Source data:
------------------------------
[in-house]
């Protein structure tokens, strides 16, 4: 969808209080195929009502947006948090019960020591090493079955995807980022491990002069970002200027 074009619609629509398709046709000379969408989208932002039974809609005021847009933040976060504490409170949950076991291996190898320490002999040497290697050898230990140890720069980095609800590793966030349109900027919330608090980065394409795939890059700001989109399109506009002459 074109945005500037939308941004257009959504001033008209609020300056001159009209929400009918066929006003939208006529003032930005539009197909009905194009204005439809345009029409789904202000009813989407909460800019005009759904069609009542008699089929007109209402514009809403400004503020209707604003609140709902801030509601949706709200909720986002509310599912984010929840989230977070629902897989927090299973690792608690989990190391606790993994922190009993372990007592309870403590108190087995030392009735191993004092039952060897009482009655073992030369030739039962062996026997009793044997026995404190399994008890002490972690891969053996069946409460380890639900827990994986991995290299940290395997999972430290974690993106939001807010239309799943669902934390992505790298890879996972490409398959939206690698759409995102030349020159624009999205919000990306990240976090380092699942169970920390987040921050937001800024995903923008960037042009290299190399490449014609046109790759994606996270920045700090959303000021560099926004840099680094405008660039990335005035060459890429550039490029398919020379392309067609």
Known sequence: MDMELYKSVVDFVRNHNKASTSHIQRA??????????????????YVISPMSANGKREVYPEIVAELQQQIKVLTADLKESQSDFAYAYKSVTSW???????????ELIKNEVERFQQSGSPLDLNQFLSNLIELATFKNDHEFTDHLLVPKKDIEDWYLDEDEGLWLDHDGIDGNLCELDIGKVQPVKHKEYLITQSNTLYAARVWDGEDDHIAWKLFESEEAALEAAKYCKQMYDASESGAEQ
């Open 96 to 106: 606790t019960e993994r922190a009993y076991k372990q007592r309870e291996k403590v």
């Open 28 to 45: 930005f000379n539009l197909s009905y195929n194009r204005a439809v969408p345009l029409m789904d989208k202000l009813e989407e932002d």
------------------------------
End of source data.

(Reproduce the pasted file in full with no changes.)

[in-house]
């Protein structure tokens, strides 16, 4: 969808209080195929009502947006948090019960020591090493079955995807980022491990002069970002200027 074009619609629509398709046709000379969408989208932002039974809609005021847009933040976060504490409170949950076991291996190898320490002999040497290697050898230990140890720069980095609800590793966030349109900027919330608090980065394409795939890059700001989109399109506009002459 074109945005500037939308941004257009959504001033008209609020300056001159009209929400009918066929006003939208006529003032930005539009197909009905194009204005439809345009029409789904202000009813989407909460800019005009759904069609009542008699089929007109209402514009809403400004503020209707604003609140709902801030509601949706709200909720986002509310599912984010929840989230977070629902897989927090299973690792608690989990190391606790993994922190009993372990007592309870403590108190087995030392009735191993004092039952060897009482009655073992030369030739039962062996026997009793044997026995404190399994008890002490972690891969053996069946409460380890639900827990994986991995290299940290395997999972430290974690993106939001807010239309799943669902934390992505790298890879996972490409398959939206690698759409995102030349020159624009999205919000990306990240976090380092699942169970920390987040921050937001800024995903923008960037042009290299190399490449014609046109790759994606996270920045700090959303000021560099926004840099680094405008660039990335005035060459890429550039490029398919020379392309067609």
Known sequence: MDMELYKSVVDFVRNHNKASTSHIQRA??????????????????YVISPMSANGKREVYPEIVAELQQQIKVLTADLKESQSDFAYAYKSVTSW???????????ELIKNEVERFQQSGSPLDLNQFLSNLIELATFKNDHEFTDHLLVPKKDIEDWYLDEDEGLWLDHDGIDGNLCELDIGKVQPVKHKEYLITQSNTLYAARVWDGEDDHIAWKLFESEEAALEAAKYCKQMYDASESGAEQ
């Open 96 to 106: 606790t019960e993994r922190a009993y076991k372990q007592r309870e291996k403590v």
């Open 28 to 45: 930005f000379n539009l197909s009905y195929n194009r204005a439809v969408p345009l029409m789904d989208k202000l009813e989407e932002d």